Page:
Days after the Trinbago Unified Calypsonians Organisation complained that it still had not received government funding for this year’s celebration, the organisers of regional Carnival say they, too, are in limbo.
And with the celebration already in full gear, they are hoping Government, through the National Carnival Commission (NCC), will release money to assist with their activities.
Finance Minister Colm Imbert announced almost two weeks ago there would be a one-third cut in financial donations for all events which receive sponsorship from the ministry and its agencies.
Sunday Newsday understands that money has been allocated for Carnival stakeholders. However, up to news time, last evening, there still was no word on state allocations for events.
The chairmen of regional Carnival bodies, in separate Sunday Newsday interviews, said events in their communities already have already been scaled down significantly because of the lack of funding. Despite the challenges, however, they are optimistic the funding will be disbursed.
“I would expect that it is forthcoming,” said Michael Simpson, chairman of the Arima Carnival Committee. “I live in optimism, dealing with culture you have to be.”
Aware of the country’s precarious financial situation, Simpson said the committee approached the corporate community in the borough for assistance and got a favourable response.
“So, we are busy making approaches to potential sponsors so we can keep the spirit of Carnival alive. Strange enough, a couple of them have been coming forward and I must say we are very appreciative.”
No Arima Panorama
Simpson said the committee already has ruled out having its Panorama competition.
“One thing I know we cannot afford this year is for Arima to have its own Carnival. Even if we get donations and subventions, we will not be able to do that this year.” However, he said they were still hoping to stage the junior and senior calypso competitions as well as the parade of the bands but the borough would not have an official launch.
“We cannot go committing ourselves when we do not have funds to put to back it up. So, we are taking the pragmatic approach.”
In the interim, Simpson said bandleaders were still eager to participate in the celebration.
“We have actually been slow in setting up registration. It started on Saturday (yesterday) because they have all been calling and asking what is happening. By this week, we will have a clear idea of how many bands we are going to have.”
Eddie Hart, chairman of the Tunapuna Carnival Committee, told Sunday Newsday the organisation began planning for the event, months ago, but were yet to receive word from the NCC on whether any funding would be made available.
“Carnival is an early thing. You can’t do things now for now because Carnival needs all-year planning, especially with the economic situation where you have people bawling to put out funds,” he said.
To compound matters, Hart said the businessmen in the town had not committed themselves to providing financial assistance to the committee.
Nevertheless, the former Tunapuna MP said the committee had compiled their list of activities.
Hart said the committee did not receive any state funding last year.
“The money was given to the Tunapuna/Piarco Regional Corporation. We did not get anything but the Carnival still came out although it was not what we would have liked it to be.” He was hopeful the NCC would come forward to assist.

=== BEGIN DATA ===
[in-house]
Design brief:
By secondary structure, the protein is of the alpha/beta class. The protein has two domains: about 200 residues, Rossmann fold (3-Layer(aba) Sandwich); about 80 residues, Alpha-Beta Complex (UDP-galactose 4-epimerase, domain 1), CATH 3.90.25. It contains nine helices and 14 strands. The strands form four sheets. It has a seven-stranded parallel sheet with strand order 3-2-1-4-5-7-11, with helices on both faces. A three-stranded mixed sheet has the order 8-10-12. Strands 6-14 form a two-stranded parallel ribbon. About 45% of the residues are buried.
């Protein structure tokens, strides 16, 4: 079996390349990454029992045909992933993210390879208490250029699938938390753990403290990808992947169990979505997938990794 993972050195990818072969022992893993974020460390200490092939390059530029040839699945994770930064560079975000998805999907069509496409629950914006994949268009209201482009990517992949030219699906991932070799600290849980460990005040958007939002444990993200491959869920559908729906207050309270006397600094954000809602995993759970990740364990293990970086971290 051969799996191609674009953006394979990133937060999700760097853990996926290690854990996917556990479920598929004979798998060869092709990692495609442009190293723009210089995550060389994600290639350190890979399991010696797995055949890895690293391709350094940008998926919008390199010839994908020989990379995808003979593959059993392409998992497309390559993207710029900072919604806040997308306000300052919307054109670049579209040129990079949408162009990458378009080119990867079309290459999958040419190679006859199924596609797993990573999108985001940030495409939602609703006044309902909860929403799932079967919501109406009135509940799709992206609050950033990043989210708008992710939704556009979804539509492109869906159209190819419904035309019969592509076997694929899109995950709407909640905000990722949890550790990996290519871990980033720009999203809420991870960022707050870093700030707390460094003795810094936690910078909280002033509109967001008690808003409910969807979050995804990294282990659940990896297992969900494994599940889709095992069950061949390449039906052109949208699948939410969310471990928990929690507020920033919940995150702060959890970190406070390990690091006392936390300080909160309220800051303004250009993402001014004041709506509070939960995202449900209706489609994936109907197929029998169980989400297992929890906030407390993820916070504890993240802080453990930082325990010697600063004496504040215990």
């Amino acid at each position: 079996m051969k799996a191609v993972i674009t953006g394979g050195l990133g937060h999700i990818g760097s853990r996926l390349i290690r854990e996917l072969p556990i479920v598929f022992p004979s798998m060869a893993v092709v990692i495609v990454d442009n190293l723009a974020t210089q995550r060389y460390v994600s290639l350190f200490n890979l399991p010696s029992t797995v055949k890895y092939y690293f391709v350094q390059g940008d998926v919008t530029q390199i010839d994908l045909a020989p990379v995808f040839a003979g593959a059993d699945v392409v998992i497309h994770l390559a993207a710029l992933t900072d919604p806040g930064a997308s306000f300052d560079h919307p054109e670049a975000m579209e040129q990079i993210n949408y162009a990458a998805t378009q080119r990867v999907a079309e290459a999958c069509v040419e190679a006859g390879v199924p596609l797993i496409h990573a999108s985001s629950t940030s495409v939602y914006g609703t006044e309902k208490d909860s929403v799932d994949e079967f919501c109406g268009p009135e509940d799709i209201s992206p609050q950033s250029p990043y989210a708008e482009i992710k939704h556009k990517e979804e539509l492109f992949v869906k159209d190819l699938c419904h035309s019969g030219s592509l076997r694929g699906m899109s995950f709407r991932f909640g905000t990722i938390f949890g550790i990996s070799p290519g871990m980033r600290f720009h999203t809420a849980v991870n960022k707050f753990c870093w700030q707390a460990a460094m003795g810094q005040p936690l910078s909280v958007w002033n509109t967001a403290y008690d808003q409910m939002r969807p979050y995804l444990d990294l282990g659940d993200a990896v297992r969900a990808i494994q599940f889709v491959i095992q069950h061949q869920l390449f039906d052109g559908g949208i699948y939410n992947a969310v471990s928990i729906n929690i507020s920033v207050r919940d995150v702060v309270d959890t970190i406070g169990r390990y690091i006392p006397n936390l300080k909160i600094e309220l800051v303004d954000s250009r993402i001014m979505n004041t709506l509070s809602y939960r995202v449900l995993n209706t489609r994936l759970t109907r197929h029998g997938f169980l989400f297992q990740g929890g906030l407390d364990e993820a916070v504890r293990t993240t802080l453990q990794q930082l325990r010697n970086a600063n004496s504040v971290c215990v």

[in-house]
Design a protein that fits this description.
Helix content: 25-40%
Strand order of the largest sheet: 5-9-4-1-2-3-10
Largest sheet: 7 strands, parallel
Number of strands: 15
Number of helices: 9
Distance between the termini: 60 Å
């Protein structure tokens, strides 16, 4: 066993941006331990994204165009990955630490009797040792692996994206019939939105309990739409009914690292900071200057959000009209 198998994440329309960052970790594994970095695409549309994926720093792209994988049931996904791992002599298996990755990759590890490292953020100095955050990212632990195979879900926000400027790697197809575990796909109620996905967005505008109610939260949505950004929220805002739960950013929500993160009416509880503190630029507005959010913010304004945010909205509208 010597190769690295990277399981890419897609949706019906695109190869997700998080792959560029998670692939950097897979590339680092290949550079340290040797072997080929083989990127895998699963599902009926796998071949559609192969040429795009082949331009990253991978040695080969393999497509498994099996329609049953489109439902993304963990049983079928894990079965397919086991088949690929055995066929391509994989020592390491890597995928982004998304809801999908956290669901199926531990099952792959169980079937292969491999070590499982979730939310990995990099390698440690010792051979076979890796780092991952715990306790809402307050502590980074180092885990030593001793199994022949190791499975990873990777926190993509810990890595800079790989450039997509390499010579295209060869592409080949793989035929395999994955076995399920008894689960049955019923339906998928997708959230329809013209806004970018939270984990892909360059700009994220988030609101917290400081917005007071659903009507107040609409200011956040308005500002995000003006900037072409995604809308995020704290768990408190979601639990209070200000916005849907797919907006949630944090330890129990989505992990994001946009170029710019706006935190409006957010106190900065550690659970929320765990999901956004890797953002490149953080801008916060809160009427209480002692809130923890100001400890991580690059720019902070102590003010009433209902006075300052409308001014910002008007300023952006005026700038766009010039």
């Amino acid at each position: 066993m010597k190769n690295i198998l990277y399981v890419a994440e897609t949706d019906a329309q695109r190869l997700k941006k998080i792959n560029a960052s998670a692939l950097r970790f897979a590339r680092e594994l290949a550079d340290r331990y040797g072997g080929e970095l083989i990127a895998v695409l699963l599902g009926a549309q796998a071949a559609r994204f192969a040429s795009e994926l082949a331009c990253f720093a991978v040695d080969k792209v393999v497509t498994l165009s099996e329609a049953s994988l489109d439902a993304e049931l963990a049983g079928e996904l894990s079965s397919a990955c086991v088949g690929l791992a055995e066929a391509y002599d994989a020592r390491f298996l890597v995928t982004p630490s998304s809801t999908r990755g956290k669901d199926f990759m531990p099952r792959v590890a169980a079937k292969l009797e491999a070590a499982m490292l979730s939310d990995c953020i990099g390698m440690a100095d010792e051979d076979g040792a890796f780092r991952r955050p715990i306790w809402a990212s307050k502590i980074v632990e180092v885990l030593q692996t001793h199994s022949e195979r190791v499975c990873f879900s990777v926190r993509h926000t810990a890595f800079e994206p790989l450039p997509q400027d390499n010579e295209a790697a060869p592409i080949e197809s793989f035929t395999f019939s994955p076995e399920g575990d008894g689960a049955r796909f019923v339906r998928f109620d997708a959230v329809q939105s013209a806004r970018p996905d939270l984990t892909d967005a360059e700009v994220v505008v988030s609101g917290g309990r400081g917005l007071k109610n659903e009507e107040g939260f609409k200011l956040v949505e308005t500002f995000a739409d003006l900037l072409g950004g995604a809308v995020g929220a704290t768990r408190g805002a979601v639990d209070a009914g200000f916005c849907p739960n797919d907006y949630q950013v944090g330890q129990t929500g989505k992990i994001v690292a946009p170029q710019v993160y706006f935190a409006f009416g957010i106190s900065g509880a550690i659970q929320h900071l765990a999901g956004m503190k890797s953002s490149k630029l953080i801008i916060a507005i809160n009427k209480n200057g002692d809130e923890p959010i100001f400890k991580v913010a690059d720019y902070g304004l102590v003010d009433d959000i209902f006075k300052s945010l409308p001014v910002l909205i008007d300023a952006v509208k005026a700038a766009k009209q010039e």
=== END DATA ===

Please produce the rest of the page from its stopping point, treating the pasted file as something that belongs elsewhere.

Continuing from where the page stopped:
‘We going ahead’
While a subvention would be welcomed if and when it did come, chairman of the Sangre Grande Carnival and Festivals Committee Lorraine Heath said they were going ahead with their agenda.
Saying the committee worked alongside the Sangre Grande Regional Corporation (SGRC) in hosting Carnival, she said: “We began planning most of our events since September, last year. But we have sought corporate sponsorship because we realised that with the economic downturn, we don’t expect the Government would be able to sustain that kind of funding any more.”
Heath said, however, the committee’s practice of going to outlying communities to host some of its events was no longer feasible.
The committee received $170,000, from the state last year, Heath said, noting the committee expected there would be cuts across the board.
“But we have had to be creative and innovative in the way we execute and plan,” she said, adding the community was still very much involved in bringing Carnival presentations.
“The schools are very active in having presentations for kiddies Carnival but I don’t know how the senior parade of the bands will be.”
Heath, a former councillor, said the senior bands might be affected by a shortfall in patronage due to unemployment. “I don’t even know what the turnout is going to be like throughout the region and in Sangre Grande.
“But whatever masqueraders we have, be it kiddies or adults, all are invited to the parade on Carnival Tuesday. It is all about showcasing to the community, more than the competition and winning prizes.”
Heath said the absence of funding, thus far, had not prevented them from doing their job. “We have a plan. We cannot wait for the state to give us funding. That makes no sense.”
Chairman of the Chaguanas Carnival Committee Anthony Charran said the organisation’s plans would not be derailed because of a lack of funding.
However, he said the central borough’s events had been scaled down.
“Everything is in the pipeline. But it will not be business as usual.”
The committee launches its activities today at 6 pm with a calypso show at the Chaguanas Market Square carpark.
“It would not be as fancy as before but it will give some life and relief in terms of what is happening for Carnival.” Charran, too, was optimistic that a subvention would be forthcoming.
“Things are taking some time but hopefully we should be getting some subvention before Carnival start.”